Contemporary Herpetology Logo Size 4 of 4 Contemporary Herpetology 
2000 Number 3
19 September 2000

ISSN 1094-2246


David Perry (

School of Biosciences, University of Westminster, 115 New Cavendish Street, London W1M 8JS

Abstract - Freeze-dried parotoid gland secretions from toads of the genus Bufo contained large proportions of protein (25-35% by weight). SDS-PAGE suggested that secretions from several species of Bufo contained mixtures of proteins in the relative molecular mass range of approximately 12 - 200 kDa, which exhibited markedly different banding patterns from species to species. These proteins were presumably not discovered before because the previous extraction procedures used with these secretions were designed to examine low molecular mass compounds and would denature the proteins. SDS-PAGE of secretions from B. mauritanicus and B. calamita are shown here. The N-terminal amino acid sequence of one of the bands (approx. 58 kDa) of B. mauritanicus was found to be LPIPAFPGLDHGF and of a B. calamita band (30.5 kDa) was VQVFGLQKEA. No significant similarities to these two sequences and to three separate but partial N-terminal sequences obtained from these species were found in genetic databases.

The granular ('venom') gland secretions from amphibians are known to be rich in low molecular weight constituents of varied molecular types such as steroids, amines and peptides. Much of the interest in these secretions is a consequence of their bioactivities, which may have partly evolved as one mode of anti-predator defense. However, as pointed out by Barthalmus (1994) in reviewing biological roles of amphibian skin secretions (using the well-studied Xenopus laevis as a model), there are few pointers to any role other than defense for this complex biochemical cocktail; more careful study may therefore prove biologically enlightening.

Toads of the genus Bufo have compact parotoid glands situated on the neck, sides of the head or shoulder regions which accumulate a milky secretion. A variety of compounds in such secretions from different Bufo species have been separated by two-dimensional paper chromatography with multiple staining techniques and the patterns used in evolutionary studies (Low, 1972). No antimicrobial peptides such as discovered in X. laevis skin (reviewed by Bevins and Zasloff, 1990; relative molecular mass up to some 3 kDa) have been reported yet in Bufo. While examining secretions from two Bufo species for the presence of such low relative molecular mass peptides by SDS-PAGE, it was observed in this laboratory that there were a number of proteins present of much higher relative molecular mass than might have been expected (reported by Clarke, 1997). This report reveals that a complex array of proteins is present in such secretions and provides the results of some preliminary N-terminal amino acid analysis of proteins from B. mauritanicus and B. calamita.


Buffer components and SDS were obtained from Sigma (Poole, Dorset, UK). Acrylamide and PVDF membrane were obtained from Bio-Rad (Hemel Hempstead, Herts, UK). Bufo mauritanicus (originally from Morocco) and B. calamita (originally from the United Kingdom) were kindly loaned from the collection of M. Linley. Using gentle pressure, the parotoid secretions were expressed into ammonium bicarbonate solution (1.0 or 2.0 mL, 0.05 M) and agitated gently to produce a milky solution. This method of obtaining the secretions is like that described by Bolliger and Meyer (1957), except that they expressed the secretions onto a glass plate and allowed them to harden before solvent extraction. Subsequent freeze-drying yielded white-to-cream flocculent solids. The freeze-dried secretions were dissolved in 0.1% NaCl and assayed by the Bradford (1976) or biuret methods using gamma-globulin as standard.

SDS Polyacrylamide gel electrophoresis was carried out by the method of Laemmli (1970) using mini gels (12% T; 3.3 % C). Sample loadings were typically 5 microL of a 20 mg/mL solution in sample buffer. When required, protein bands were visualized by Coomassie Blue R-250 staining. Molecular weight standards were from Bio-Rad.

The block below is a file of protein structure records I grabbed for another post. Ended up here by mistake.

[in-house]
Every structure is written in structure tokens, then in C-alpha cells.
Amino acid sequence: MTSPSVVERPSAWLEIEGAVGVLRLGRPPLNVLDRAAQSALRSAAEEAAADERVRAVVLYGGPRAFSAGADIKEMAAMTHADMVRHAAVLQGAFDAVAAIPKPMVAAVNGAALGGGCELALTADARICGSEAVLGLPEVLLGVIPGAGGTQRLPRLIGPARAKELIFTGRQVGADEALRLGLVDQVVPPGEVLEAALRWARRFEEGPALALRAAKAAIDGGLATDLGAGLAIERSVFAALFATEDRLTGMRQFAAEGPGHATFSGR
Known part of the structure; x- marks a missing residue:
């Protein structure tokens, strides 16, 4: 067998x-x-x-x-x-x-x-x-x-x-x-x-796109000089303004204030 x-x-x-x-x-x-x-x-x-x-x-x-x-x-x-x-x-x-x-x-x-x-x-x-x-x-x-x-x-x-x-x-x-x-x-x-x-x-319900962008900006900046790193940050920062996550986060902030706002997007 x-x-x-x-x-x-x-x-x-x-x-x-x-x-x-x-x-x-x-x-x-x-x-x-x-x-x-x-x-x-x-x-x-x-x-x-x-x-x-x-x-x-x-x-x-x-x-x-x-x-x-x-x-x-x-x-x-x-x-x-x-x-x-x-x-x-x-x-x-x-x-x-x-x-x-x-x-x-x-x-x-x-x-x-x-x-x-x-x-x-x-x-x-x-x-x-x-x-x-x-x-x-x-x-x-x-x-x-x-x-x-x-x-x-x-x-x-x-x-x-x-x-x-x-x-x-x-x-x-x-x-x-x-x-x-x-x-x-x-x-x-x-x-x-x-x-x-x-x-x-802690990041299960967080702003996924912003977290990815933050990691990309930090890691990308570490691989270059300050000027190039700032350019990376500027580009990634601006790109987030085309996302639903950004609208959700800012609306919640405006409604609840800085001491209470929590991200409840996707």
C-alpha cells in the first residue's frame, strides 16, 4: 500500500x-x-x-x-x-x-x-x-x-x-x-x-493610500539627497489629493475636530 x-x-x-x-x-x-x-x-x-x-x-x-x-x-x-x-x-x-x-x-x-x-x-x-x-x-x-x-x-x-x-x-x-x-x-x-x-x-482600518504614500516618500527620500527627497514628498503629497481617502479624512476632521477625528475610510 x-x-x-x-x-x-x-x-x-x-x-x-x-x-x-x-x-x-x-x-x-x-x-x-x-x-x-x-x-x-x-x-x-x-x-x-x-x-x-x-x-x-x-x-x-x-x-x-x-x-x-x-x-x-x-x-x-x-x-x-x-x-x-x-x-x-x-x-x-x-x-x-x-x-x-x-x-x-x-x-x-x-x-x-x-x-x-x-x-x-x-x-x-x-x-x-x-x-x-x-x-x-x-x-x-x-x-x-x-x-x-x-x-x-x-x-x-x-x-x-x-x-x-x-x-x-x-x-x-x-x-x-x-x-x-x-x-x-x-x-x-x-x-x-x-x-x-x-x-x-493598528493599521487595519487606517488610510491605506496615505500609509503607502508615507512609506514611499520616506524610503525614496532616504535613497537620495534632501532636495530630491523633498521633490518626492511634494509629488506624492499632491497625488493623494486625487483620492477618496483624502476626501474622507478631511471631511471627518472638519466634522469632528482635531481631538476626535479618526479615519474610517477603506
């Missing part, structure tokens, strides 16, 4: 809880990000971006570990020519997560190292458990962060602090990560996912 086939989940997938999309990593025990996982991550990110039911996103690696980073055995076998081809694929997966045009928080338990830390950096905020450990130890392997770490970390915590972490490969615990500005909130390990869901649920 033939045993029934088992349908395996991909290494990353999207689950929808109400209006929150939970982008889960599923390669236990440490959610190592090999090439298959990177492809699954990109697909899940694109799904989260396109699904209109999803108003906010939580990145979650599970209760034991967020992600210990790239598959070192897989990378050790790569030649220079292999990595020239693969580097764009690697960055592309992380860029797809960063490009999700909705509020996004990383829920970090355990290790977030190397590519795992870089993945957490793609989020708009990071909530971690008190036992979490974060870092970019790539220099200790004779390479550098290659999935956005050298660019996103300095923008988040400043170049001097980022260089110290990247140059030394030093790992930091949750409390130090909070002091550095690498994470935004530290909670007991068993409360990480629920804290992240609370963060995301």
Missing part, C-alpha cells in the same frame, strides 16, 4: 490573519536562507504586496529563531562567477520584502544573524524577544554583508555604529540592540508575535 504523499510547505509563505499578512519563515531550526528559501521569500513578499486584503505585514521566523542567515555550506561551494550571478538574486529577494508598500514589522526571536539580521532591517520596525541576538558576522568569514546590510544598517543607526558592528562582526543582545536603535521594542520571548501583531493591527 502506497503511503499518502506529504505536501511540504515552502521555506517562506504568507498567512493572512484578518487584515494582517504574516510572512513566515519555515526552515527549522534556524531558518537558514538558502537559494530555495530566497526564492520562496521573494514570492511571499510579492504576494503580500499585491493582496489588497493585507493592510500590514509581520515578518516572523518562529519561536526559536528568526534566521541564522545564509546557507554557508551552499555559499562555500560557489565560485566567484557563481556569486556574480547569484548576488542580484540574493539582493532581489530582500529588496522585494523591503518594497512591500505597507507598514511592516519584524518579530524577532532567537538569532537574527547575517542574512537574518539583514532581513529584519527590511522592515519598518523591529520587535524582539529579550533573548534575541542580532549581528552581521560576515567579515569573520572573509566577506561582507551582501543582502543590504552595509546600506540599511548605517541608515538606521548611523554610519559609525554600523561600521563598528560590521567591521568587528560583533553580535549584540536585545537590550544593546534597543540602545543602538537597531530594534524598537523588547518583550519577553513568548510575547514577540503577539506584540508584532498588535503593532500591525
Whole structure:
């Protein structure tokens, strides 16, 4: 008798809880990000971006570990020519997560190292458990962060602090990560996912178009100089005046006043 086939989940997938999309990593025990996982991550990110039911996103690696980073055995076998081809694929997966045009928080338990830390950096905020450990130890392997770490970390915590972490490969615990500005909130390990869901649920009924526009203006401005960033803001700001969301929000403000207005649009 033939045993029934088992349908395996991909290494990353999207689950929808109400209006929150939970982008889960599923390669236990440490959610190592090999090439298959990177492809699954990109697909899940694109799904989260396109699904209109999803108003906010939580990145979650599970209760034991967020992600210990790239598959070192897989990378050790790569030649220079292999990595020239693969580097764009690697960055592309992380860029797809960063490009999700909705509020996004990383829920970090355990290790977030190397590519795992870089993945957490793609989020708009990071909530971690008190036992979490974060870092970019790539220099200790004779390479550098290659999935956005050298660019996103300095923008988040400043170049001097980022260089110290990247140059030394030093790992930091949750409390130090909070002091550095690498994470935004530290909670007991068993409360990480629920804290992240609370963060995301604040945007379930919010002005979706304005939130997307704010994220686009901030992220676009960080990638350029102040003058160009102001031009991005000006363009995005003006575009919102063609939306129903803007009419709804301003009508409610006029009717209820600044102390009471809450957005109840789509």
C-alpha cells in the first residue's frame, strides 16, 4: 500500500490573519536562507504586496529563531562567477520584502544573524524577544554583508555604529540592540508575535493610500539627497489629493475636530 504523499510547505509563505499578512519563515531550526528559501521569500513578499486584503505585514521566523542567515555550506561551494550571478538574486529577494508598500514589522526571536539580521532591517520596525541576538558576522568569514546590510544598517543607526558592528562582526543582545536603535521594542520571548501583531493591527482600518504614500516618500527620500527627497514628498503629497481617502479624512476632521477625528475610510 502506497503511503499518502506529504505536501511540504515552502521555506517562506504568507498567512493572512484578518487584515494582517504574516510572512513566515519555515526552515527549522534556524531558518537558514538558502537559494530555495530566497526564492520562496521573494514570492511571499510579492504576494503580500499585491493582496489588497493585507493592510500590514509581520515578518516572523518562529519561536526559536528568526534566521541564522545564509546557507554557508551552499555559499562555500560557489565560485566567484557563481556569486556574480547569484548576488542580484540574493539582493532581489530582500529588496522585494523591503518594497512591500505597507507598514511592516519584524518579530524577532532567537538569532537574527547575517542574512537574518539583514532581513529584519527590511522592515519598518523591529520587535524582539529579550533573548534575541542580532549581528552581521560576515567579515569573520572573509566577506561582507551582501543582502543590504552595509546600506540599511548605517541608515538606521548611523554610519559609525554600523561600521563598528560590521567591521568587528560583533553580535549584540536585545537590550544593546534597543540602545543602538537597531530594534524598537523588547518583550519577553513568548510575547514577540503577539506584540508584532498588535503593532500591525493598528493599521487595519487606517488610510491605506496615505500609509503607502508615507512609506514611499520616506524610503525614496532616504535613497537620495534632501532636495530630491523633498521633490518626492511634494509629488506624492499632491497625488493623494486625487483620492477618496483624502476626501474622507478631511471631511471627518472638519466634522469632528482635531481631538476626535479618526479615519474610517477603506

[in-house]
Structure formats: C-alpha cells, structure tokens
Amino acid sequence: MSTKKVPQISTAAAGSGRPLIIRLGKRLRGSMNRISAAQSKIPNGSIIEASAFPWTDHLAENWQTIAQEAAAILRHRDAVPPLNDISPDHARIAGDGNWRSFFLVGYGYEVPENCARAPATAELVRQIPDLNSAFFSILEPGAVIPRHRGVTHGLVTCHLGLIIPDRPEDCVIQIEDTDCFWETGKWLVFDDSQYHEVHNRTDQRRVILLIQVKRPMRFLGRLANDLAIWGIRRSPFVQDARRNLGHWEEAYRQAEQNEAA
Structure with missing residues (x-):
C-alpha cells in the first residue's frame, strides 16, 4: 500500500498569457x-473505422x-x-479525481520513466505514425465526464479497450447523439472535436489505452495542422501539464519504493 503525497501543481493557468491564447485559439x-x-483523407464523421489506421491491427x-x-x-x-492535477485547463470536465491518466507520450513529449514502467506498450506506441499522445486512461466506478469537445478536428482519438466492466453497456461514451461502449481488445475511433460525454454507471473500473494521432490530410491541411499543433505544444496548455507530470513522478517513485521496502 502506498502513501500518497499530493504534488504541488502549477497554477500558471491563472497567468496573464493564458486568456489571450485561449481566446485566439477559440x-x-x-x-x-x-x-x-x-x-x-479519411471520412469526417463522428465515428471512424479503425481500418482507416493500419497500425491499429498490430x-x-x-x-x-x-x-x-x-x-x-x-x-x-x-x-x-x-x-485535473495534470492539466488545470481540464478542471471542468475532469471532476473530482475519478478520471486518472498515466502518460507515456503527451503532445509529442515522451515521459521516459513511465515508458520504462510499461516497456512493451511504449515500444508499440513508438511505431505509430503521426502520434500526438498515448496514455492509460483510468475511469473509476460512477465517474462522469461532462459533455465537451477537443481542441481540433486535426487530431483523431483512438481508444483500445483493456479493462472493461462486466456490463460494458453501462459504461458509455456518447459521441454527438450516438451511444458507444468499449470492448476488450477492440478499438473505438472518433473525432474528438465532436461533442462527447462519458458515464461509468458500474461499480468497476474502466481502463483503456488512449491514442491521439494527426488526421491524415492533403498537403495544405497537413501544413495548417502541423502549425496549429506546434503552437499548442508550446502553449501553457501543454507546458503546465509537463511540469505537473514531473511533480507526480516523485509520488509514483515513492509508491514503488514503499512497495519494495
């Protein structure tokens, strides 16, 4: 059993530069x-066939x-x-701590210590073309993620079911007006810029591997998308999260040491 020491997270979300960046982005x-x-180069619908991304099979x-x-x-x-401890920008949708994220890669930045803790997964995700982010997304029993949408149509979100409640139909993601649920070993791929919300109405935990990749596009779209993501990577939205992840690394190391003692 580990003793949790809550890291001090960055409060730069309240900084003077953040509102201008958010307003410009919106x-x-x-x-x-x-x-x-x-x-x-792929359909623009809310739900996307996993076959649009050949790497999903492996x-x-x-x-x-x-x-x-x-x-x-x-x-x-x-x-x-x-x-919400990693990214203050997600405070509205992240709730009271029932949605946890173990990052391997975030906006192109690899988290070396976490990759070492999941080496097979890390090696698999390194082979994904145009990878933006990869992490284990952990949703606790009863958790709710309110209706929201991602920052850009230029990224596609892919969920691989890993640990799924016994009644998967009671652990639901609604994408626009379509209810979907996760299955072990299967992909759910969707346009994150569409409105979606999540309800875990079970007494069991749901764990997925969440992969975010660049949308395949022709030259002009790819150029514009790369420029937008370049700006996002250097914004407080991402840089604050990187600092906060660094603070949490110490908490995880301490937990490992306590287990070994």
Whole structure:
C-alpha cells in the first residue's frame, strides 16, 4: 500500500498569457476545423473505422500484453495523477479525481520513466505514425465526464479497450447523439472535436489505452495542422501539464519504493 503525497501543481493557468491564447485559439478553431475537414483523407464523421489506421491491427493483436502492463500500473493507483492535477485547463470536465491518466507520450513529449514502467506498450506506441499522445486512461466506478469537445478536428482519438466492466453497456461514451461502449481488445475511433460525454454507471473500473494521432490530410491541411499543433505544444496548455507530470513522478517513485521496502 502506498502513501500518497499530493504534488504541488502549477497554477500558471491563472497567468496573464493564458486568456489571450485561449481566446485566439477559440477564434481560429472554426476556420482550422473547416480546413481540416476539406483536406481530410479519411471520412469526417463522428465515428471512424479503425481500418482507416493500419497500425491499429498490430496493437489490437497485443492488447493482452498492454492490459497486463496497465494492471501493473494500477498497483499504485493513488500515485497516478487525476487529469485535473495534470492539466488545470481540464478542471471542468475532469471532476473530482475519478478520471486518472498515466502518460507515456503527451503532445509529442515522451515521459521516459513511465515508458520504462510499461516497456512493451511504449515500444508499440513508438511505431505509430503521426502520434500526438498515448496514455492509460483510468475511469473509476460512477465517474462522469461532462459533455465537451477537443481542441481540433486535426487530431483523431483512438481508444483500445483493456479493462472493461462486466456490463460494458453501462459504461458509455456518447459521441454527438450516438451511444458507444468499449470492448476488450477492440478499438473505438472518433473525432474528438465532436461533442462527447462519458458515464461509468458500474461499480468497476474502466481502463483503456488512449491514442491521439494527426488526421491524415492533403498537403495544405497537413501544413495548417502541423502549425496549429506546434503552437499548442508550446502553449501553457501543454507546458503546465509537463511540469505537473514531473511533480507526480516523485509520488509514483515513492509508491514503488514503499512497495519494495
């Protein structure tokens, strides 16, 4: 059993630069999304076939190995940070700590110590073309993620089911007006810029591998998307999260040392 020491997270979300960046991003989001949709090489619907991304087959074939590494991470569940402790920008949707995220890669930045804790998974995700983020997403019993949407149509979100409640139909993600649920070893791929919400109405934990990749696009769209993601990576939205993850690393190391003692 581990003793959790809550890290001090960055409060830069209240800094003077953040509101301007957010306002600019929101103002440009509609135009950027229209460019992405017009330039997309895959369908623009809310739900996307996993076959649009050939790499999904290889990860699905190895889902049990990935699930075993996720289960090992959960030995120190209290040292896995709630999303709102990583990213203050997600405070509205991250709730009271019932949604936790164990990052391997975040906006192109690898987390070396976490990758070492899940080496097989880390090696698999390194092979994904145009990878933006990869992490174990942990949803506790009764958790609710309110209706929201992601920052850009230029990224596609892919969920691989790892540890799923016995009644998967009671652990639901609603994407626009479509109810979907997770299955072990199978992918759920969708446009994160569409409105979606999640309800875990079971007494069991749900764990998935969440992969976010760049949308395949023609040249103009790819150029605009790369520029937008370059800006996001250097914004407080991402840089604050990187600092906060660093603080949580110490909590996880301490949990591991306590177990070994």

Proteins were blotted onto PVDF membrane using a semi-dry method after preparation according to Matsudaira (1987). Gels were soaked in blotting buffer (10 mM CAPS in 10% methanol) for 5 minutes. The membrane was wetted with methanol and then transferred into blotting buffer. The gel/PVDF sandwich was assembled between filter paper (2 pieces each side; Whatman no. 3) soaked in blotting buffer and transfer carried out for 1.5 h (3 mA/cm2). The blot was rinsed with distilled water, followed by methanol, and then stained with Coomassie Blue R-250 (0.1% in 10% acetic acid/50% methanol) until the bands appeared. Destaining was with 10% acetic acid/50% methanol followed by rinsing with distilled water.

N-Terminal sequencing of selected bands was carried out commercially. Database searching for sequence similarities was performed using TBLASTN (Altschul et al., 1990) and FASTA (Pearson and Lipman, 1988).


The parotoid gland secretions harden if left to stand and in the past have often been used in that state for extraction of low molecular mass components. By expressing the extracts immediately into a volatile buffer as described here in Methods, the proteins are rendered amenable for study. The extraction procedures used in the past were aimed at low molecular mass components and would often have denatured the protein components. However, determination of protein concentration in solutions of freeze-dried secretions by both the Bradford (1976) and biuret methods showed that the gland secretions contain some 25-35% protein by dry weight.

Initial experiments with 6 species of Bufo (up to 3 individuals from each species) suggested that the protein patterns obtained after SDS-PAGE and Coomassie Blue staining were markedly different from species to species. Figure 1 shows the results of SDS-PAGE after Coomassie Blue staining of secretions from individual specimens of B. mauritanicus and B. calamita. Despite the crude nature of these secretions, the gel resolution was satisfactory, although improvements might be expected by prior molecular weight fractionation using membrane filters. The protein patterns from these two species are clearly different and cover a wide range of molecular size. Such gel patterns may prove useful in taxonomic or evolutionary studies. Parotoid secretions could be obtained easily in the field and prove useful in species identification, particularly where anatomical criteria are ambiguous.